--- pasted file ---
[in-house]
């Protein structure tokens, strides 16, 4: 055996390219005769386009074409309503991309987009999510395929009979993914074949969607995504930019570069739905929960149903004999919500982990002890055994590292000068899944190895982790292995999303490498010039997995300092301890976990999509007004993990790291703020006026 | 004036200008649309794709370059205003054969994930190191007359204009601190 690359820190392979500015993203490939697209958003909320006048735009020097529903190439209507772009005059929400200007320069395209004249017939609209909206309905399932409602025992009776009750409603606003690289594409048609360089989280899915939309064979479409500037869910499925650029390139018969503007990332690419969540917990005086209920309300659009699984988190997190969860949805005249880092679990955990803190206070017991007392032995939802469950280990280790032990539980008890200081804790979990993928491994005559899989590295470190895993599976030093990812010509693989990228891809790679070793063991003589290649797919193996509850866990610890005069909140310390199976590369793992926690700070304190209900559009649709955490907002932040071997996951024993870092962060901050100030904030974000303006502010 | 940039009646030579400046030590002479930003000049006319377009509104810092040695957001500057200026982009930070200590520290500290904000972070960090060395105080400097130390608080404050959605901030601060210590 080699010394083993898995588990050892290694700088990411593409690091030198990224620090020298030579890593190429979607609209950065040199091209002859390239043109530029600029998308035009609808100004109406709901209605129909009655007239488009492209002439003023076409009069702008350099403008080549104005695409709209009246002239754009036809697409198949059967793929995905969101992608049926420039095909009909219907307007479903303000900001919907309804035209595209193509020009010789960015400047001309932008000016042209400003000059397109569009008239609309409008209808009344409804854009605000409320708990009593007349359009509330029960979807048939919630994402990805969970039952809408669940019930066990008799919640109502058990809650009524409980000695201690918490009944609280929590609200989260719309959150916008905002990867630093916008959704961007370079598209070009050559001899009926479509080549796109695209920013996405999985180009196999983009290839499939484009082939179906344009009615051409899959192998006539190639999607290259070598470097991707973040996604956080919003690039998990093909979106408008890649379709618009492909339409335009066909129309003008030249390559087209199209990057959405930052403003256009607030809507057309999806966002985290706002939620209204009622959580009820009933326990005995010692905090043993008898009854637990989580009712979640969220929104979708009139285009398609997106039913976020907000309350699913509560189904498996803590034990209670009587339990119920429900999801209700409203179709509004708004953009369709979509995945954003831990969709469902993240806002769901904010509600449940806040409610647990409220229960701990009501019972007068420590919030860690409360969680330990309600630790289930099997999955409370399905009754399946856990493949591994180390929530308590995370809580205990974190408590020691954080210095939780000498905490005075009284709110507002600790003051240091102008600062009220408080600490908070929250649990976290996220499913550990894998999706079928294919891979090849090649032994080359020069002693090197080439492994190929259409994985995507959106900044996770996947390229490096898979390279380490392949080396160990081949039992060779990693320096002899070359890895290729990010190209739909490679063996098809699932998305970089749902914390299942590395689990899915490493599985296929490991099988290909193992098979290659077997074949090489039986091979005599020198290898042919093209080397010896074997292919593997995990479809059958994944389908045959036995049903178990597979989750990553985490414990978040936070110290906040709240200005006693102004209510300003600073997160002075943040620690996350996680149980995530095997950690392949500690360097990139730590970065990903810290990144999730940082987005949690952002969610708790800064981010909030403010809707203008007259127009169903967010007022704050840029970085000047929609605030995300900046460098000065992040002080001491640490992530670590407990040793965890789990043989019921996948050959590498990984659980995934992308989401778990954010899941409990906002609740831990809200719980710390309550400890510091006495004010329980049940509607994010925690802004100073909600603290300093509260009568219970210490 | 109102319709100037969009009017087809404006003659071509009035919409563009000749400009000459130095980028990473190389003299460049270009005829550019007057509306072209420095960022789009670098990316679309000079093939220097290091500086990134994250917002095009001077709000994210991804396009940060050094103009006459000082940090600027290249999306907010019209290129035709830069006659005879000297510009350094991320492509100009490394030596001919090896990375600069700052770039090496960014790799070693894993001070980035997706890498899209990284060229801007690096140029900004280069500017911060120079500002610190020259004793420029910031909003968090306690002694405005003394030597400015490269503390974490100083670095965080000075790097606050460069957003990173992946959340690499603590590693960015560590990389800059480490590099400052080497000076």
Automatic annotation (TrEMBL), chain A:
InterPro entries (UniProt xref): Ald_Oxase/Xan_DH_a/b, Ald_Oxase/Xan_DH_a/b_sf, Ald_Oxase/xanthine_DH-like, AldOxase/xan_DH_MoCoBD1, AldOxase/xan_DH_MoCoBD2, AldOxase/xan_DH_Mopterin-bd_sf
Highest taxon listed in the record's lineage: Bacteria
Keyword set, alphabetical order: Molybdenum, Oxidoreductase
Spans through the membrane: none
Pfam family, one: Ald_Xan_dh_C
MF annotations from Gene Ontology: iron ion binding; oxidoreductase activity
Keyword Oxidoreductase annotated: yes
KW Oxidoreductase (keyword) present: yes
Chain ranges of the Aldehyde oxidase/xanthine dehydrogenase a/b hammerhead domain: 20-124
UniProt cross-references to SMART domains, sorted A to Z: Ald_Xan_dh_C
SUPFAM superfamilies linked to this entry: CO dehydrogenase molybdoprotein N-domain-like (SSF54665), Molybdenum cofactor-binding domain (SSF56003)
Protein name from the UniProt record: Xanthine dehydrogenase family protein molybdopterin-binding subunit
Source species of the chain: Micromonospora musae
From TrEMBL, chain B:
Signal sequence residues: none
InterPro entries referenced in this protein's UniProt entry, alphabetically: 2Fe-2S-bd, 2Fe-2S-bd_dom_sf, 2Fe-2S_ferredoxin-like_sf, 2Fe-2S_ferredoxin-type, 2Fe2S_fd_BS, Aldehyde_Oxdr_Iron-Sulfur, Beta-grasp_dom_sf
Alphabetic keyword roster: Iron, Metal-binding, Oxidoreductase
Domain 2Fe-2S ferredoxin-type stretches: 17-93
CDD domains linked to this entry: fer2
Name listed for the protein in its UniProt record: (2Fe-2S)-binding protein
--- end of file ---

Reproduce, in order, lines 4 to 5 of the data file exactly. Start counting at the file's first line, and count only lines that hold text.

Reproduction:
InterPro entries (UniProt xref): Ald_Oxase/Xan_DH_a/b, Ald_Oxase/Xan_DH_a/b_sf, Ald_Oxase/xanthine_DH-like, AldOxase/xan_DH_MoCoBD1, AldOxase/xan_DH_MoCoBD2, AldOxase/xan_DH_Mopterin-bd_sf
Highest taxon listed in the record's lineage: Bacteria